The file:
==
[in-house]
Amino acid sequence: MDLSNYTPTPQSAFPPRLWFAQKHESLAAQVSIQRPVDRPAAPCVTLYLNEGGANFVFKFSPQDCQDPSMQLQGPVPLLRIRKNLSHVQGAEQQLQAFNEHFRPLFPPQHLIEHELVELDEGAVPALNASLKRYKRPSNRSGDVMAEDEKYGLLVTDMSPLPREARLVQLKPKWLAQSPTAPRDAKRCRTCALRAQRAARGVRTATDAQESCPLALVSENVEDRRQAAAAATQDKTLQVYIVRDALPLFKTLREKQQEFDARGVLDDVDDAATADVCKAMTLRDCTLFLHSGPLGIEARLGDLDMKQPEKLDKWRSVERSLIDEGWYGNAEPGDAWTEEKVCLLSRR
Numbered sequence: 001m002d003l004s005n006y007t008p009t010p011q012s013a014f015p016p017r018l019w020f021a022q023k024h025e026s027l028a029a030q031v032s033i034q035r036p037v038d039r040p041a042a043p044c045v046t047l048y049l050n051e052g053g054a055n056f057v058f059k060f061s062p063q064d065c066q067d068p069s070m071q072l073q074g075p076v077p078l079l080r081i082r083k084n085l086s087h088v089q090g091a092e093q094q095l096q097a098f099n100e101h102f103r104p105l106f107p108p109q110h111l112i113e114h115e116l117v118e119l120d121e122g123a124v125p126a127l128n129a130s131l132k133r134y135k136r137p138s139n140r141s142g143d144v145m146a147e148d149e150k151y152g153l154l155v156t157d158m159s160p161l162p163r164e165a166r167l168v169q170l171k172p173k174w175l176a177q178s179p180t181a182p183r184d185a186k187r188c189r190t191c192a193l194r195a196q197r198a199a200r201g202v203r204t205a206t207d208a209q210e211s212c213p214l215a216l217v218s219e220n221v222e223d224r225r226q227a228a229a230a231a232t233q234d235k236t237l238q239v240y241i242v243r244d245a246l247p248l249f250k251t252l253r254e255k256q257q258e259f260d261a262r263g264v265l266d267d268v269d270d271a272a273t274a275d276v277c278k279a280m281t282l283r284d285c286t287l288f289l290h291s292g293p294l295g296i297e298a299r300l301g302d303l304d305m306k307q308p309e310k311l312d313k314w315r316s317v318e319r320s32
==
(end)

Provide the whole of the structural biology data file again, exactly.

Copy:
[in-house]
Amino acid sequence: MDLSNYTPTPQSAFPPRLWFAQKHESLAAQVSIQRPVDRPAAPCVTLYLNEGGANFVFKFSPQDCQDPSMQLQGPVPLLRIRKNLSHVQGAEQQLQAFNEHFRPLFPPQHLIEHELVELDEGAVPALNASLKRYKRPSNRSGDVMAEDEKYGLLVTDMSPLPREARLVQLKPKWLAQSPTAPRDAKRCRTCALRAQRAARGVRTATDAQESCPLALVSENVEDRRQAAAAATQDKTLQVYIVRDALPLFKTLREKQQEFDARGVLDDVDDAATADVCKAMTLRDCTLFLHSGPLGIEARLGDLDMKQPEKLDKWRSVERSLIDEGWYGNAEPGDAWTEEKVCLLSRR
Numbered sequence: 001m002d003l004s005n006y007t008p009t010p011q012s013a014f015p016p017r018l019w020f021a022q023k024h025e026s027l028a029a030q031v032s033i034q035r036p037v038d039r040p041a042a043p044c045v046t047l048y049l050n051e052g053g054a055n056f057v058f059k060f061s062p063q064d065c066q067d068p069s070m071q072l073q074g075p076v077p078l079l080r081i082r083k084n085l086s087h088v089q090g091a092e093q094q095l096q097a098f099n100e101h102f103r104p105l106f107p108p109q110h111l112i113e114h115e116l117v118e119l120d121e122g123a124v125p126a127l128n129a130s131l132k133r134y135k136r137p138s139n140r141s142g143d144v145m146a147e148d149e150k151y152g153l154l155v156t157d158m159s160p161l162p163r164e165a166r167l168v169q170l171k172p173k174w175l176a177q178s179p180t181a182p183r184d185a186k187r188c189r190t191c192a193l194r195a196q197r198a199a200r201g202v203r204t205a206t207d208a209q210e211s212c213p214l215a216l217v218s219e220n221v222e223d224r225r226q227a228a229a230a231a232t233q234d235k236t237l238q239v240y241i242v243r244d245a246l247p248l249f250k251t252l253r254e255k256q257q258e259f260d261a262r263g264v265l266d267d268v269d270d271a272a273t274a275d276v277c278k279a280m281t282l283r284d285c286t287l288f289l290h291s292g293p294l295g296i297e298a299r300l301g302d303l304d305m306k307q308p309e310k311l312d313k314w315r316s317v318e319r320s32